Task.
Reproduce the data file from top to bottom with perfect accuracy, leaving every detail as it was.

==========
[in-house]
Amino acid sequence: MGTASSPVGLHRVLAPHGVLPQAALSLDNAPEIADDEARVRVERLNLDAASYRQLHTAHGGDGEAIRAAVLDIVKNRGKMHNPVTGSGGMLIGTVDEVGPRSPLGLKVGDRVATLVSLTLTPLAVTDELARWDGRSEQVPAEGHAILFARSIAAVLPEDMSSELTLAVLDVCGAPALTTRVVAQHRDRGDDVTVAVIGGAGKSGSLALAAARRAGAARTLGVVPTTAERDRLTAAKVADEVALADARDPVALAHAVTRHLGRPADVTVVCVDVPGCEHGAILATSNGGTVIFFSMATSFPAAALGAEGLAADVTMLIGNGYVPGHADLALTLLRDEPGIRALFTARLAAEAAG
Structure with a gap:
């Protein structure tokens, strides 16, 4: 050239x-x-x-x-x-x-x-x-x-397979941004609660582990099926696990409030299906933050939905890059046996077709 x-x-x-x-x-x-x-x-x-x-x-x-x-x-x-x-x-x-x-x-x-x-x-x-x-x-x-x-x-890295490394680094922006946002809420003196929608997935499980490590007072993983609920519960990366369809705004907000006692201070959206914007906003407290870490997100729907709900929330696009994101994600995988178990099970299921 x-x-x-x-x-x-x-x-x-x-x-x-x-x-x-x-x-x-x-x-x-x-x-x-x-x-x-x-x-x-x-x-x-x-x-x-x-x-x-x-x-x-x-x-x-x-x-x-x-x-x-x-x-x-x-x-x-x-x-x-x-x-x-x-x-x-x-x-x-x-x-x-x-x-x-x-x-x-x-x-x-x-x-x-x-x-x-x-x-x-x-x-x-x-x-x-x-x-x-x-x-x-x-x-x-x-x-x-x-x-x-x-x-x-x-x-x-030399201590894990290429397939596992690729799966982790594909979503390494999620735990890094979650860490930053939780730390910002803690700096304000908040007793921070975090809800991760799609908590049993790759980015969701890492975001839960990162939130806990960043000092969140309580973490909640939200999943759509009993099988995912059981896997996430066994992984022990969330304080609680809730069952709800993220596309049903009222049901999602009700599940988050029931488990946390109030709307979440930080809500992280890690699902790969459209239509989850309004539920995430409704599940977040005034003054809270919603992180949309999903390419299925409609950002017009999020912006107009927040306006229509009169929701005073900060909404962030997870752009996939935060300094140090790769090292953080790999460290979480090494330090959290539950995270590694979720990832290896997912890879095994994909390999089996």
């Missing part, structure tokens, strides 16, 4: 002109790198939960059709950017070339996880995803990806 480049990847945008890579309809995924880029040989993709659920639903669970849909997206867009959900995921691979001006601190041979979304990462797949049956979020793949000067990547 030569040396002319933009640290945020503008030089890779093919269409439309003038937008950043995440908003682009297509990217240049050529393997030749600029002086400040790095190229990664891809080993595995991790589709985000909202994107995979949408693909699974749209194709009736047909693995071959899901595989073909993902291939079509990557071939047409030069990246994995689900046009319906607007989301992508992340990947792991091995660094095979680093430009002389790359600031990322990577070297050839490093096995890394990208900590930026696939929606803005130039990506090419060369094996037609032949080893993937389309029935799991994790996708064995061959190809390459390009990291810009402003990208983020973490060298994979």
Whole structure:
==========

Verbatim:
[in-house]
Amino acid sequence: MGTASSPVGLHRVLAPHGVLPQAALSLDNAPEIADDEARVRVERLNLDAASYRQLHTAHGGDGEAIRAAVLDIVKNRGKMHNPVTGSGGMLIGTVDEVGPRSPLGLKVGDRVATLVSLTLTPLAVTDELARWDGRSEQVPAEGHAILFARSIAAVLPEDMSSELTLAVLDVCGAPALTTRVVAQHRDRGDDVTVAVIGGAGKSGSLALAAARRAGAARTLGVVPTTAERDRLTAAKVADEVALADARDPVALAHAVTRHLGRPADVTVVCVDVPGCEHGAILATSNGGTVIFFSMATSFPAAALGAEGLAADVTMLIGNGYVPGHADLALTLLRDEPGIRALFTARLAAEAAG
Structure with a gap:
């Protein structure tokens, strides 16, 4: 050239x-x-x-x-x-x-x-x-x-397979941004609660582990099926696990409030299906933050939905890059046996077709 x-x-x-x-x-x-x-x-x-x-x-x-x-x-x-x-x-x-x-x-x-x-x-x-x-x-x-x-x-890295490394680094922006946002809420003196929608997935499980490590007072993983609920519960990366369809705004907000006692201070959206914007906003407290870490997100729907709900929330696009994101994600995988178990099970299921 x-x-x-x-x-x-x-x-x-x-x-x-x-x-x-x-x-x-x-x-x-x-x-x-x-x-x-x-x-x-x-x-x-x-x-x-x-x-x-x-x-x-x-x-x-x-x-x-x-x-x-x-x-x-x-x-x-x-x-x-x-x-x-x-x-x-x-x-x-x-x-x-x-x-x-x-x-x-x-x-x-x-x-x-x-x-x-x-x-x-x-x-x-x-x-x-x-x-x-x-x-x-x-x-x-x-x-x-x-x-x-x-x-x-x-x-x-030399201590894990290429397939596992690729799966982790594909979503390494999620735990890094979650860490930053939780730390910002803690700096304000908040007793921070975090809800991760799609908590049993790759980015969701890492975001839960990162939130806990960043000092969140309580973490909640939200999943759509009993099988995912059981896997996430066994992984022990969330304080609680809730069952709800993220596309049903009222049901999602009700599940988050029931488990946390109030709307979440930080809500992280890690699902790969459209239509989850309004539920995430409704599940977040005034003054809270919603992180949309999903390419299925409609950002017009999020912006107009927040306006229509009169929701005073900060909404962030997870752009996939935060300094140090790769090292953080790999460290979480090494330090959290539950995270590694979720990832290896997912890879095994994909390999089996």
């Missing part, structure tokens, strides 16, 4: 002109790198939960059709950017070339996880995803990806 480049990847945008890579309809995924880029040989993709659920639903669970849909997206867009959900995921691979001006601190041979979304990462797949049956979020793949000067990547 030569040396002319933009640290945020503008030089890779093919269409439309003038937008950043995440908003682009297509990217240049050529393997030749600029002086400040790095190229990664891809080993595995991790589709985000909202994107995979949408693909699974749209194709009736047909693995071959899901595989073909993902291939079509990557071939047409030069990246994995689900046009319906607007989301992508992340990947792991091995660094095979680093430009002389790359600031990322990577070297050839490093096995890394990208900590930026696939929606803005130039990506090419060369094996037609032949080893993937389309029935799991994790996708064995061959190809390459390009990291810009402003990208983020973490060298994979």
Whole structure: